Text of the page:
While snow may still be on the ground, mid-year exams are officially behind us and many students are freshening up their academic experiences with spring semester elective courses. From English to art, science and beyond, here are a few highlights in the spring semester.
Genre Studies: Podcasting
Ms. Koester and Mr. Masterson will lead the Genre Studies: Podcasting class, highlighting this popular modern method of storytelling. By listening to and analyzing several different types of oral storytelling—including historical, non-fiction, investigative journalism, and creative fiction—students will gain an understanding of what it takes to produce a podcast and the efficacy that comes along with this type of information.
Students will also have the opportunity to explore Podcasting this March during Project Week. This team will hone their skills and apply them to real-life applications. With our school in mind, the students will travel to New York City and Boston to capture the stories of our alumni in preparation for our Bicentennial. They will also meet with media and journalism professionals to get an inside view of the podcasting industry.
Robotics with Dr. Duncan returns this spring, a great course for students looking to build on their computer science and programming skills. Utilizing their skills in components, programming, and design, students will test out their robots in a final robotics competition.
Students also explore robotics through the school’s Robotics team. With their recent success and qualification regionally, the team is excited to head to the NH/VT VRC State Championship competition held in Manchester, New Hampshire on Saturday, February 15. They will compete against other great teams including Pembroke Academy, Trinity High School, Pinkerton Academy, Plymouth High School, Thetford Academy, and others.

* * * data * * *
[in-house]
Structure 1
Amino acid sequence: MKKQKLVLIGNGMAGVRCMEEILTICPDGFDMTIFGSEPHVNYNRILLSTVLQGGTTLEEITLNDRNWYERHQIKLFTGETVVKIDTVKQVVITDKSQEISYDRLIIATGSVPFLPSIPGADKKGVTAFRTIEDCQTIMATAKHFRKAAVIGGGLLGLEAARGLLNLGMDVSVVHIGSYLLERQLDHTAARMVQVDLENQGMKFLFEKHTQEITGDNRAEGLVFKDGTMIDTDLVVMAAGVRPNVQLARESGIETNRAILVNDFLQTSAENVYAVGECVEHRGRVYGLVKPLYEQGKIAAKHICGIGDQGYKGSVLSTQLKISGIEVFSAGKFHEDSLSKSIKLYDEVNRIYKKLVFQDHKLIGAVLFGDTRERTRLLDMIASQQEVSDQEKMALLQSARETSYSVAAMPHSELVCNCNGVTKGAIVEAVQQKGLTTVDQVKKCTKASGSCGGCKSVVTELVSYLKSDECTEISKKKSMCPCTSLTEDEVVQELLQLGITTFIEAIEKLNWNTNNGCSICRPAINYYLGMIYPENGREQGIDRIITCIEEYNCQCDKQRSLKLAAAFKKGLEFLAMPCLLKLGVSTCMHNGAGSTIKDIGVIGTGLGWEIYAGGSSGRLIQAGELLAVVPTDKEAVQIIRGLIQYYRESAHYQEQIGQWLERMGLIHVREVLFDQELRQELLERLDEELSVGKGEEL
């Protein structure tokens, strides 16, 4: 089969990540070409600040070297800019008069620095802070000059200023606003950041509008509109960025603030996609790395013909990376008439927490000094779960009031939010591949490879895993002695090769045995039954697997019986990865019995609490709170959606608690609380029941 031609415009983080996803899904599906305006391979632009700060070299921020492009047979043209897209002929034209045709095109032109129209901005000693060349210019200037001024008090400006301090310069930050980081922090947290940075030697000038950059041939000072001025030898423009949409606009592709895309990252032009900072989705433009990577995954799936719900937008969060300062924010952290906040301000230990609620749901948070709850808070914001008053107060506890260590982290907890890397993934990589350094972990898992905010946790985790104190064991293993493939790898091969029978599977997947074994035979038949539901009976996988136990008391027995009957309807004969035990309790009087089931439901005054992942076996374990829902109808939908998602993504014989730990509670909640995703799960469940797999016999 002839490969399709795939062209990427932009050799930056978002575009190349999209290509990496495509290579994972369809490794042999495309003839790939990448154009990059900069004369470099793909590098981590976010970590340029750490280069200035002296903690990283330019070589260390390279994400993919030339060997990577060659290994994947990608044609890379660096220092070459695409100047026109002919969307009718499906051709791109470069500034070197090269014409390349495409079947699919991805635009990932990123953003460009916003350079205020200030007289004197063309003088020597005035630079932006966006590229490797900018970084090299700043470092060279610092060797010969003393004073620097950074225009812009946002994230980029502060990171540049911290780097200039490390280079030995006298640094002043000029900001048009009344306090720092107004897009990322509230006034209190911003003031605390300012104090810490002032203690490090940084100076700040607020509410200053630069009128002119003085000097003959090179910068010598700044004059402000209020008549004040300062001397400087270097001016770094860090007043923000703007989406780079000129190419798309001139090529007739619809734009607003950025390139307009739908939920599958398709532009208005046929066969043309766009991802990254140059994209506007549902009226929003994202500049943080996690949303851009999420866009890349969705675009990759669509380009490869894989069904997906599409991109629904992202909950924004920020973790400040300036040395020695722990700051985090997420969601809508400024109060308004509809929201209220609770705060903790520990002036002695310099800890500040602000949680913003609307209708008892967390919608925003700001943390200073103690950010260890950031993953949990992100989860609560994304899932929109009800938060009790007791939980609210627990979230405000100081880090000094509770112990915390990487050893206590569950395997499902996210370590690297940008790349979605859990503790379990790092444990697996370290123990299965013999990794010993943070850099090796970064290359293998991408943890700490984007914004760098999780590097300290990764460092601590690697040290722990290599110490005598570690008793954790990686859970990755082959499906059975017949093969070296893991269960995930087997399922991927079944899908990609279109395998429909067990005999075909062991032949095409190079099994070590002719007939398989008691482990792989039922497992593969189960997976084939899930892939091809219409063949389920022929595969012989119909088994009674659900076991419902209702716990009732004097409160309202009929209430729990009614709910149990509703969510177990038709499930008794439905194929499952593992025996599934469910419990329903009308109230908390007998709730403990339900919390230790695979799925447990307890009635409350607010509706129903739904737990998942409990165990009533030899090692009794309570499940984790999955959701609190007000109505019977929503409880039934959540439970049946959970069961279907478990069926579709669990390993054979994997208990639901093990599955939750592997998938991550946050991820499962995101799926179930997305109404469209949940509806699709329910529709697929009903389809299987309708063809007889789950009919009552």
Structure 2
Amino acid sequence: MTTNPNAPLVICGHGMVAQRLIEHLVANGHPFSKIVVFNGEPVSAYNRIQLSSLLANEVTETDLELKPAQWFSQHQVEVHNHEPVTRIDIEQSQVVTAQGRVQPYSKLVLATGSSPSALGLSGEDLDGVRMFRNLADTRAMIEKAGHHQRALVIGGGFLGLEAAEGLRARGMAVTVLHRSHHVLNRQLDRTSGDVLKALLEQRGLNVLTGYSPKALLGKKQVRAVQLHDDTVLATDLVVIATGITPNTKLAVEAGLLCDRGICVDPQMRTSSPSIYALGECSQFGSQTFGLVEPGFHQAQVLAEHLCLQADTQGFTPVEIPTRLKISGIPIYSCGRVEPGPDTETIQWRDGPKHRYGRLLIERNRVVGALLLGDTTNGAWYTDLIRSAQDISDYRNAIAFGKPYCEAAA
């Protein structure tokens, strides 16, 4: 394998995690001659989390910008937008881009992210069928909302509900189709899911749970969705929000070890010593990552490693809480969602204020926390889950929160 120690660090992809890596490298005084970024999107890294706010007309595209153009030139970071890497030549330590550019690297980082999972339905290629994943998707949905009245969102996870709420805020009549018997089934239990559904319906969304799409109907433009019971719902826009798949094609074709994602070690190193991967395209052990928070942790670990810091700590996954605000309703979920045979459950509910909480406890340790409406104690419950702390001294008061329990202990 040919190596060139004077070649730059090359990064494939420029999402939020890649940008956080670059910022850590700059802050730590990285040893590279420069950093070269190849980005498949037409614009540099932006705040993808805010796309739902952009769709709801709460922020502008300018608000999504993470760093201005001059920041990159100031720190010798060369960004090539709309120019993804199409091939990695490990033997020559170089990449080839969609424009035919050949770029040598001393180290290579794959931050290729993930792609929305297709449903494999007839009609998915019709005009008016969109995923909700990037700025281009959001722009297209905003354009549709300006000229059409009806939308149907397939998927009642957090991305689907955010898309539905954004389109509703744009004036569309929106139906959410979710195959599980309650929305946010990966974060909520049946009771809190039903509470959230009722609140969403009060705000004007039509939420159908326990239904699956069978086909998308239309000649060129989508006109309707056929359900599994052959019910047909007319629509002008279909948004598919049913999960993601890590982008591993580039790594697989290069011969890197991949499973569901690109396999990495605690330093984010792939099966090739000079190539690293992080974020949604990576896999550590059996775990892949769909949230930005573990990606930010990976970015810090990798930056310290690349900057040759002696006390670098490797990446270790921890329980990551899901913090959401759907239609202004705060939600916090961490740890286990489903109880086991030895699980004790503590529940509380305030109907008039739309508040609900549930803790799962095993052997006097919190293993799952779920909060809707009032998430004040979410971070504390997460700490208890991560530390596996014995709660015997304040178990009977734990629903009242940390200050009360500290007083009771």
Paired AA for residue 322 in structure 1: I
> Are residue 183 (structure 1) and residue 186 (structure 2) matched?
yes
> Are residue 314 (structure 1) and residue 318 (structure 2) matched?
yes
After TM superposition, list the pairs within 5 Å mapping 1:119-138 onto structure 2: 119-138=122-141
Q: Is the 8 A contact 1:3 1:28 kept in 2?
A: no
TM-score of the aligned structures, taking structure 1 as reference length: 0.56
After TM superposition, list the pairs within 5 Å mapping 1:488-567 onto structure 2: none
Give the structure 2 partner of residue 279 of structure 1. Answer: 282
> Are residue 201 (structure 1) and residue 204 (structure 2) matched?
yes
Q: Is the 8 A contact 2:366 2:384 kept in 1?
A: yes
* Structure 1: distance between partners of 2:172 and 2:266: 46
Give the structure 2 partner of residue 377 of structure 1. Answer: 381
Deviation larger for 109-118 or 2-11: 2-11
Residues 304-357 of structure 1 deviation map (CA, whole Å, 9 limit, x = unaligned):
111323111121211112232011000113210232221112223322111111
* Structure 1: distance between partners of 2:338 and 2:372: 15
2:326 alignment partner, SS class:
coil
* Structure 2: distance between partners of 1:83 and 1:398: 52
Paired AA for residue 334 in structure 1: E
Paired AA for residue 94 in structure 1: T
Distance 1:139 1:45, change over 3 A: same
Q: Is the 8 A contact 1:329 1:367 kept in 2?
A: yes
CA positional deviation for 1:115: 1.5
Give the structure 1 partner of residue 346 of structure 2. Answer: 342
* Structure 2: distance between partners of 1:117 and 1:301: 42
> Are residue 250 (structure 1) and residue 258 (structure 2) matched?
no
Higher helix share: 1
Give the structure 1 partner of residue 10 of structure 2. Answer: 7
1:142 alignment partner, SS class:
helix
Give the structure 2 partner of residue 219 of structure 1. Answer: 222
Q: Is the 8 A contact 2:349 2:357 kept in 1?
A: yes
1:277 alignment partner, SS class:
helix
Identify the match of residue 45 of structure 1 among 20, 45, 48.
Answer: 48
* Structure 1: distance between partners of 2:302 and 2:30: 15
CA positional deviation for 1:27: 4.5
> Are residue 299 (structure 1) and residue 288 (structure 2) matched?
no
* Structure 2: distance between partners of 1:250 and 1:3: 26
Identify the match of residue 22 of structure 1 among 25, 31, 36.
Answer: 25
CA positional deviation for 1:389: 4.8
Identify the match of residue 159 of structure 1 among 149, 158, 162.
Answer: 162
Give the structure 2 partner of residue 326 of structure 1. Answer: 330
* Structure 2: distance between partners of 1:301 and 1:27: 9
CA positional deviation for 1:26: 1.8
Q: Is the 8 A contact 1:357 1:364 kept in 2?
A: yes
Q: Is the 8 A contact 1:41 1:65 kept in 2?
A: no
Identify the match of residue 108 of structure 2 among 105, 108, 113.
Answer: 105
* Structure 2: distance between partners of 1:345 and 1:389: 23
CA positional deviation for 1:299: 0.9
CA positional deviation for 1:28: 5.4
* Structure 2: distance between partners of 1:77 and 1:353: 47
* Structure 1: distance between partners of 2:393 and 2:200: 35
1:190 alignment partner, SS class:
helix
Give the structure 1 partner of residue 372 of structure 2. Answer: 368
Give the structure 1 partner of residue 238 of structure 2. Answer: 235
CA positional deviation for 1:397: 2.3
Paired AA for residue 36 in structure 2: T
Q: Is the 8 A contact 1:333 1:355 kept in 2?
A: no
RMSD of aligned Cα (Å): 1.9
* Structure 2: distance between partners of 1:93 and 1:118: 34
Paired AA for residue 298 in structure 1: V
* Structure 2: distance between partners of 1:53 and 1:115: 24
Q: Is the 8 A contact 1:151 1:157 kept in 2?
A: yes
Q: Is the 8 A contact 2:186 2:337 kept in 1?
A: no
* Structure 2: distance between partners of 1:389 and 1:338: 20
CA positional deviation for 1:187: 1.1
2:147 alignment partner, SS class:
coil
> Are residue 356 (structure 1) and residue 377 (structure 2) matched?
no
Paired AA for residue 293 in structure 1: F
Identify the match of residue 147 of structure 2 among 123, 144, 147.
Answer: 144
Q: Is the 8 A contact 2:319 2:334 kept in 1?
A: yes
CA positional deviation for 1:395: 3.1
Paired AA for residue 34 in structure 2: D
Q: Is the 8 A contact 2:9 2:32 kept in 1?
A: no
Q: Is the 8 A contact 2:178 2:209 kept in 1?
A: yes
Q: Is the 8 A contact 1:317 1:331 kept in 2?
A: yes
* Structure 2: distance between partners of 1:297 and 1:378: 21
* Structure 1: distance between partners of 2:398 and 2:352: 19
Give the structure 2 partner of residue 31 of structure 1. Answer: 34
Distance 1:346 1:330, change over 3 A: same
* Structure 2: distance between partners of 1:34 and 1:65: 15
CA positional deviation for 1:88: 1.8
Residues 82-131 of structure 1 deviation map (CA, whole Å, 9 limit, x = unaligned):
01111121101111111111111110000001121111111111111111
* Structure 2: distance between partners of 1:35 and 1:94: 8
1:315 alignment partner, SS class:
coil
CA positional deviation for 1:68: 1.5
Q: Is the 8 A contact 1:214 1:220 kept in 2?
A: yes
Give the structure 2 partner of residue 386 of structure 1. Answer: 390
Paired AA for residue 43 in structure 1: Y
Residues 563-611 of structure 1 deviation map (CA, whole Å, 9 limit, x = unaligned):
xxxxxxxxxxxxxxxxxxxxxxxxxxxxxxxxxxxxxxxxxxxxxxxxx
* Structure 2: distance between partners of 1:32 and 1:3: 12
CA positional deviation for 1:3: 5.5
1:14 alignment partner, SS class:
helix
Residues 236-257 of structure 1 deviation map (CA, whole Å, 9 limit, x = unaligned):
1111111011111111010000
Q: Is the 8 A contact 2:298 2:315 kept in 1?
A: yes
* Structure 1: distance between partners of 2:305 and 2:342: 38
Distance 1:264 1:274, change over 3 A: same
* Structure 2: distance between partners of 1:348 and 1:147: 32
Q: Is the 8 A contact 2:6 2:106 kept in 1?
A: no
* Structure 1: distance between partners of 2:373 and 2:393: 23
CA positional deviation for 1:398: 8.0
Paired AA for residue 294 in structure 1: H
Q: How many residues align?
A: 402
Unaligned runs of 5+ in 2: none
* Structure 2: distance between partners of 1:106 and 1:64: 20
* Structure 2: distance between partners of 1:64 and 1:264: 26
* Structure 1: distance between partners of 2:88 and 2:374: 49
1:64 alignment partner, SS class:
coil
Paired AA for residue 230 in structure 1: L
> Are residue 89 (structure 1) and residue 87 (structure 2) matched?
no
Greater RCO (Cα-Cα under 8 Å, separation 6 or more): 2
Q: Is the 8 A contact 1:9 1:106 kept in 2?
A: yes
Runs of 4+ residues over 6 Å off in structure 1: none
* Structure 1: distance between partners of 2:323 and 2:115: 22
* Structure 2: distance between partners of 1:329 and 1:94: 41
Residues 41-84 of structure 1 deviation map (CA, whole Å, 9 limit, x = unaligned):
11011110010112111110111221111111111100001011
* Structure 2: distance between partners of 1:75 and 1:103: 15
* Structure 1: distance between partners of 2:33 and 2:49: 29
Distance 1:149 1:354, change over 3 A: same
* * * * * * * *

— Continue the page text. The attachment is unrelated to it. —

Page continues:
Exploring new ideas
Other popular spring electives include Film Studies, Creative Writing, Comedic Improv, and much more. Students are also challenging themselves with offerings such as Genre Studies: Literature of Mental Illness led by Mr. Cramer. This course has a goal of educating students in the realm of mental health and psychology, critically examining society’s acceptance or rejection of these conditions, and reflecting on the effects of portrayal and representation in literature, both positive and negative. Ms. Tyson and her students enrolled in Psychology and Physiology of Performance will tackle key questions behind our physical and mental potential. Through practical hands-on experience, personal reflection, research, and discussion, they will explore personal health behaviors and proven techniques that have been shown to enhance performance and increase satisfaction.
Trying new courses that a student wouldn’t have otherwise experienced is a great opportunity for growth. In-depth topics provide a place to further explore their intellectual curiosity. Likewise, co-curriculars like Robotics and experiential learning through Project Week offer fresh areas of practical engagement for students throughout the year. We look forward to seeing how these classes continue to question and reflect on their explorations over the remainder of the academic year.